Report 2005-2006 and Goals 2006-2007
Philip F. McEldowney [Resume]
May 2005 - May 2006


2005-2006 Report:
Goal 1 Collections with Goals 3 Electronic Initiatives and Data || Goal 2 Funds and Data || Goal 3 Electronic Initiatives and Data || Goal 4 The Move and Data || Goal 5 Middle East Collections and Data || Goal 6 Professional Opportunities and Data || More Data and other activities

Summary of top three activities.
*Highest priority: Fulfilling Goals 1 and 3. Continue to develop collections and my involvement with electronic initiatives working with others to provide access, as especially shown with Tibetan, Buddhist, and Arabic materials
*Second priority: Fulfilling Goal #2. Manage funds to purchase material for the collection.


Report 2005-2006:

Goal 1. Continue to develop collections and information resources in my areas of responsibilities, providing easy access, and evaluating and strengthening service to meet customer needs, and Goal 3. Continue strong involvement with electronic initiatives, developing skills and collaborating with others to create sources and to develop ways to provide easy access to digital materials which will stimulate scholarship.

    Examples of activities and data for goals 1 and 3.

  • 1A. To fulfill my goal of developing collections, especially while continuing my strong involvement with electronic initiatives, my activities with the 3,000 volumes of Tibetan digital text images shows ongoing efforts to provide more and easy access to digital materials. In the last two years I discussed and investigated ways to purchase these materials and created the procedures to make them readily available to our researchers. This year I coordinated those procedures so that the hard drives were purchased on a regular basis, backup copies made, DVDs created with the digital content, each volume is cataloged in VIRGO, and the DVDs made available for circulation. The first two hard drives (2000 volumes) were processed this year, while the third hard drive was purchased and is being processed in this month and next. As a result, local scholars are actively using these materials, scholarship has been stimulated, and our innovative solutions have met with approval locally by graduate students and faculty and nationally by the Tibetan librarian at the Library of Congress and by the director of the Tibetan Buddhist Resource Center. Our processes for adding these digital texts in this way to our collection has become a model for others to imitate (such as by the University of Michigan). Already the DVDs for the first two hard drives have been checked out 29 times (as of 12 May 2006) For further details see below under "Tibetan Digital Resources".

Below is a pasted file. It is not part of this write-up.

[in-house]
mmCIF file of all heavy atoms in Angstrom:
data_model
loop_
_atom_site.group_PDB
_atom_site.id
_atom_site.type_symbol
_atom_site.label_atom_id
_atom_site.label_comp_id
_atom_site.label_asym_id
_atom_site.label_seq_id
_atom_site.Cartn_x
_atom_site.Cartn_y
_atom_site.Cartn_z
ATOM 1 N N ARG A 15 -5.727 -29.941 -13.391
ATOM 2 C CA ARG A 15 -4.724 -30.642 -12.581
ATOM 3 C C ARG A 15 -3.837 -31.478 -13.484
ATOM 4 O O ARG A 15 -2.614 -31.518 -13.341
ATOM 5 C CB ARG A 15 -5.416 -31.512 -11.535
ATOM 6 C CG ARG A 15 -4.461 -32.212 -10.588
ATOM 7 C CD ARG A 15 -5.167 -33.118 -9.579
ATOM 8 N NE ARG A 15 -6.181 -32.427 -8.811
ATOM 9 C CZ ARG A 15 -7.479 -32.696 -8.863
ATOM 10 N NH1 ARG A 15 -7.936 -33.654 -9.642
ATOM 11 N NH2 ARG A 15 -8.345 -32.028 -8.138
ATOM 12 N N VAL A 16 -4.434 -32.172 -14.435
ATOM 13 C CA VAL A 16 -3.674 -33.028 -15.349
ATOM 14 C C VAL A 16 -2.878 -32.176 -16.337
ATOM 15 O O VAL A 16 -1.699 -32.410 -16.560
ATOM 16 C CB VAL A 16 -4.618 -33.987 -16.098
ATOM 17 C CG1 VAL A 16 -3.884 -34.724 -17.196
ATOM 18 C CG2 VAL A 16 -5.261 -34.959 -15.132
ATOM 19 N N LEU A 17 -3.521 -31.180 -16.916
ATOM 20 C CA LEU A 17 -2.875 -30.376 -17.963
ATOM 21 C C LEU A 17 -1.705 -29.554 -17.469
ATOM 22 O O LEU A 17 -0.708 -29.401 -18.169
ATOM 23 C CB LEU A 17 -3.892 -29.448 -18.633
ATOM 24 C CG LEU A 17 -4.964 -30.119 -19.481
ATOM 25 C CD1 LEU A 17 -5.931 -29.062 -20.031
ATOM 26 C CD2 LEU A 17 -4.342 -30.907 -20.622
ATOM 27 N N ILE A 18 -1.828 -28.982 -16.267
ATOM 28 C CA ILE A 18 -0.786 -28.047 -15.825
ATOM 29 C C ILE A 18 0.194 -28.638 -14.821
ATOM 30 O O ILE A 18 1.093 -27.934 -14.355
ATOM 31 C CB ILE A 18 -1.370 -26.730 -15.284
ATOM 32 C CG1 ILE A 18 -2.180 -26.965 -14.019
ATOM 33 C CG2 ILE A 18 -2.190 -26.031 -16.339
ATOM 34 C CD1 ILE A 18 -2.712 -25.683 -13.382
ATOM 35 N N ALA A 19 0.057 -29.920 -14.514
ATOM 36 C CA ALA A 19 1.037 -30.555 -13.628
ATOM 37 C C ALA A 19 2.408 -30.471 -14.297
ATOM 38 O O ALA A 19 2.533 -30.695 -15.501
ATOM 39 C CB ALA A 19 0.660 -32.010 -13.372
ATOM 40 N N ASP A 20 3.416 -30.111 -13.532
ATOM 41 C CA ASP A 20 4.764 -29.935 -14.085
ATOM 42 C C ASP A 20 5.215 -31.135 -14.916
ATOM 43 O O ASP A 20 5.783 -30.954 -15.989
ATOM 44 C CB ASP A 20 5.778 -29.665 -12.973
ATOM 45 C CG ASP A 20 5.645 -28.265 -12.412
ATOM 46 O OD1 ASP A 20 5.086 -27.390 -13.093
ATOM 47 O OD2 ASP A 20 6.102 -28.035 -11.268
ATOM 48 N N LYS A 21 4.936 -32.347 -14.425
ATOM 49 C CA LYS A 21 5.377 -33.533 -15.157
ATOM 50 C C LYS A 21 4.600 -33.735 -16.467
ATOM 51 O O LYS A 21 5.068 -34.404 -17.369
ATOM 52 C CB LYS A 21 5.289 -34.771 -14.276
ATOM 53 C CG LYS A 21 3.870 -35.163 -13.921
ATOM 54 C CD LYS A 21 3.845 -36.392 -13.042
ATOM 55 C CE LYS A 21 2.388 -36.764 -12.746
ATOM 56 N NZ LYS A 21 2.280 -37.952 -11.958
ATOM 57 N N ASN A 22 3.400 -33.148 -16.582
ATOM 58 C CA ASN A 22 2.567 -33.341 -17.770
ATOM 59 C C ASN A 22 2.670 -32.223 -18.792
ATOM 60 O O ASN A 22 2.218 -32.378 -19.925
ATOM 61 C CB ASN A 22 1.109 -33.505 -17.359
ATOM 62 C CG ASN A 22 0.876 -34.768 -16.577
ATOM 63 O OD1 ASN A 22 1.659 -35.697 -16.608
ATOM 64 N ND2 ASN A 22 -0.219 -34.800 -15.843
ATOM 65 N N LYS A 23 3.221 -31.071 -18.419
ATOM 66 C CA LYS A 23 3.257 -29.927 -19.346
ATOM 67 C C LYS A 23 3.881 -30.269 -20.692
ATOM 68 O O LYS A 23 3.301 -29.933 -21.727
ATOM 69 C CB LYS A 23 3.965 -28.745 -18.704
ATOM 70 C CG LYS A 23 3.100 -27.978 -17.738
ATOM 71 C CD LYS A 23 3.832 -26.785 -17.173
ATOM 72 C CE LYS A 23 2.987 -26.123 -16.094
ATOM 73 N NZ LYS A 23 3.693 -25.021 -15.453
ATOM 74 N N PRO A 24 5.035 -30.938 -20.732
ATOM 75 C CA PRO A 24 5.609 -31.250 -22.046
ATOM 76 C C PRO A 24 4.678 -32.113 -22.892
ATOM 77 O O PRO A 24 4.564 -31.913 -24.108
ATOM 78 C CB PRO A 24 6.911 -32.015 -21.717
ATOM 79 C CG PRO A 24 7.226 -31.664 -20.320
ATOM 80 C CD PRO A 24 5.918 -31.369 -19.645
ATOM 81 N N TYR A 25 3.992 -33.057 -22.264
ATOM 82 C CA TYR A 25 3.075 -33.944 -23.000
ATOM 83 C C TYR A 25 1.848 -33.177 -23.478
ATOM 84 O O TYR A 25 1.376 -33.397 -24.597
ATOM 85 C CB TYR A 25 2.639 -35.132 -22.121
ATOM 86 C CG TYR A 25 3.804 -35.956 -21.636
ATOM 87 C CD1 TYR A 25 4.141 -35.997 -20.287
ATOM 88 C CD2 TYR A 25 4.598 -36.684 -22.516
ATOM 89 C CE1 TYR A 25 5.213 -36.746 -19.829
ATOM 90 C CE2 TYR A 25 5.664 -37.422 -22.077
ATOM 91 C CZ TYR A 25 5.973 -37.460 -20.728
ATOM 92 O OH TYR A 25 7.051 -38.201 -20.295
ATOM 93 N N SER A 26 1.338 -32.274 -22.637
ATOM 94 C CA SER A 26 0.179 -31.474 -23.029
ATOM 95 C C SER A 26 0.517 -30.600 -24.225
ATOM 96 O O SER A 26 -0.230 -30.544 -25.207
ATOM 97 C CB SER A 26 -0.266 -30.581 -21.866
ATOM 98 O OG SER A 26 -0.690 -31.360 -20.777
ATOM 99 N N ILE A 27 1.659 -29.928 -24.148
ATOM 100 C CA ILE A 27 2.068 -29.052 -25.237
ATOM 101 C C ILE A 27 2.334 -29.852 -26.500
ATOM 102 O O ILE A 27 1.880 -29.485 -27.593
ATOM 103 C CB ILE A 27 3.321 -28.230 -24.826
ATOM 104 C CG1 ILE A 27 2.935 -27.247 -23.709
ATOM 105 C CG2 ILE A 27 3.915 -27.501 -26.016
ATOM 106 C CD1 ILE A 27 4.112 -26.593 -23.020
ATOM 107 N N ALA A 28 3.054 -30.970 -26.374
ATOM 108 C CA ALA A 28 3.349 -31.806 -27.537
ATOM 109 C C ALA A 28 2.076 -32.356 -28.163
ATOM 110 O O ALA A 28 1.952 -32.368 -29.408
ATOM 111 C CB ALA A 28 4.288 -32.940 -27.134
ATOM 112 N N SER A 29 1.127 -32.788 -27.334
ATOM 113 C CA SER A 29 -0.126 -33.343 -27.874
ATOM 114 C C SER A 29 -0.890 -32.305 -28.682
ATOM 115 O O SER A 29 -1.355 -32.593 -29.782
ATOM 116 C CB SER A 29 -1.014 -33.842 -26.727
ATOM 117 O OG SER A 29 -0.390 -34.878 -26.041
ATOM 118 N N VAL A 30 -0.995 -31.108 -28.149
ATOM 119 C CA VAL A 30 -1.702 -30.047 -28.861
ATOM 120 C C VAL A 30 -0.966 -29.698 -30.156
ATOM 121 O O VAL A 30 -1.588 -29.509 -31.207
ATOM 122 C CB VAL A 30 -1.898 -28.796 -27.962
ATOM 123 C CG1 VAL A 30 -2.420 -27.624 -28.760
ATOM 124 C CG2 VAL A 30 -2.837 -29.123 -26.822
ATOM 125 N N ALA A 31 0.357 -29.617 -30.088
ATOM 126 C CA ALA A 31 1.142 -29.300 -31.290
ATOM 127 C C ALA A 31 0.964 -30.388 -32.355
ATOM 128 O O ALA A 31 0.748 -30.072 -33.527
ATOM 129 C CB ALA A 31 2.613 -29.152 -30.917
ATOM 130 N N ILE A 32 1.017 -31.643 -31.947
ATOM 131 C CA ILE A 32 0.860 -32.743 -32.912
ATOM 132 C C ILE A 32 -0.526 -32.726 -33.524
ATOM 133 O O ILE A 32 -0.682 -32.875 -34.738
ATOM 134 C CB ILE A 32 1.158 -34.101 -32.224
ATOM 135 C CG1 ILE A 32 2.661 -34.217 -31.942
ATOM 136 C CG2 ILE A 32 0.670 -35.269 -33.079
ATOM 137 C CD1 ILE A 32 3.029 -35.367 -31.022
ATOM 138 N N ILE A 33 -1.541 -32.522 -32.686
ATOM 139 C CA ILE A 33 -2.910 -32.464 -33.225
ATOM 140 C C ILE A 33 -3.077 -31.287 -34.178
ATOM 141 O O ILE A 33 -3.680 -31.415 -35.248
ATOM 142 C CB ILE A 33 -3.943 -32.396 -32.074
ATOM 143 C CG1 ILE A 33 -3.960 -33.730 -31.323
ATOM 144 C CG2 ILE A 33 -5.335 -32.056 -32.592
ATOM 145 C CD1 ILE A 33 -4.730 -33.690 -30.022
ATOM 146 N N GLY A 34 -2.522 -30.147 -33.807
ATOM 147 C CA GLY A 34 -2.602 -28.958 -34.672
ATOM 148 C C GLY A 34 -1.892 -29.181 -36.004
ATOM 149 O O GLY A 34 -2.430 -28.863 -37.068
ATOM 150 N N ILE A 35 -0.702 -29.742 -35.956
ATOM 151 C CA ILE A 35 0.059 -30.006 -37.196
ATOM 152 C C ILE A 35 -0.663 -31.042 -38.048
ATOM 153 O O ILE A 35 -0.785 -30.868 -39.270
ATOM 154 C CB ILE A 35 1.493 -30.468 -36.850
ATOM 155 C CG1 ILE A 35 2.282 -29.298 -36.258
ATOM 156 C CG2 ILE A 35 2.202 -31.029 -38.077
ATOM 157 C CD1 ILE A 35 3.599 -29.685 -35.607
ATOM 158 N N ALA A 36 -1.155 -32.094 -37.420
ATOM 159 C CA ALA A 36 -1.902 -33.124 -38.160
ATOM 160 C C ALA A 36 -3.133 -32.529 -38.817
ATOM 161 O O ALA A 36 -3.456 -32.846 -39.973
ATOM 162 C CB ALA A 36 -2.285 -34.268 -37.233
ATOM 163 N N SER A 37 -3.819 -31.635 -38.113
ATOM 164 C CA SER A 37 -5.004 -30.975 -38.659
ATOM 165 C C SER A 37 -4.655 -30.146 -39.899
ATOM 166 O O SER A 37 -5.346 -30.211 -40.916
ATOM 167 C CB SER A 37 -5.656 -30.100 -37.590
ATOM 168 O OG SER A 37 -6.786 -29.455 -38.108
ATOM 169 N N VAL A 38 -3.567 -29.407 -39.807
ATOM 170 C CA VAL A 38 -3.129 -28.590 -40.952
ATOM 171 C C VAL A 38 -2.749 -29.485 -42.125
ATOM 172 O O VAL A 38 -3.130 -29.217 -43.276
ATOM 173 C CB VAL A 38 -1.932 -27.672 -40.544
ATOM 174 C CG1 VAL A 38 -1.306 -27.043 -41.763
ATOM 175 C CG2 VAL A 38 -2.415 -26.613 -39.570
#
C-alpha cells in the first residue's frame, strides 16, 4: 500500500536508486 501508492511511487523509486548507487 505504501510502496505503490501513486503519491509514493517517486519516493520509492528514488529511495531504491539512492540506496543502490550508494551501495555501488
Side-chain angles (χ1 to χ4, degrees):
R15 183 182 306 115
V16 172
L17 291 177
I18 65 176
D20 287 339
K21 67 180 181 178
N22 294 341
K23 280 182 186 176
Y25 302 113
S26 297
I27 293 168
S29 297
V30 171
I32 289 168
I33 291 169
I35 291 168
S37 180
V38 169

• 1B. I assisted other librarians to learn about and make arrangements to ship and house the large donated library of Buddhist materials (previously known as the Institute for Advanced Studies of World Religions or IASWR), and participated on the committee which evaluated and made arrangements for adding appropriate items to the University of Virginia, while being aware of our Buddhist scholars' needs. These materials are being added according to the guidelines and a schedule developed by the committee. This library is estimated at 70,000 volumes and will be a valuable addition to our Religious Studies collections.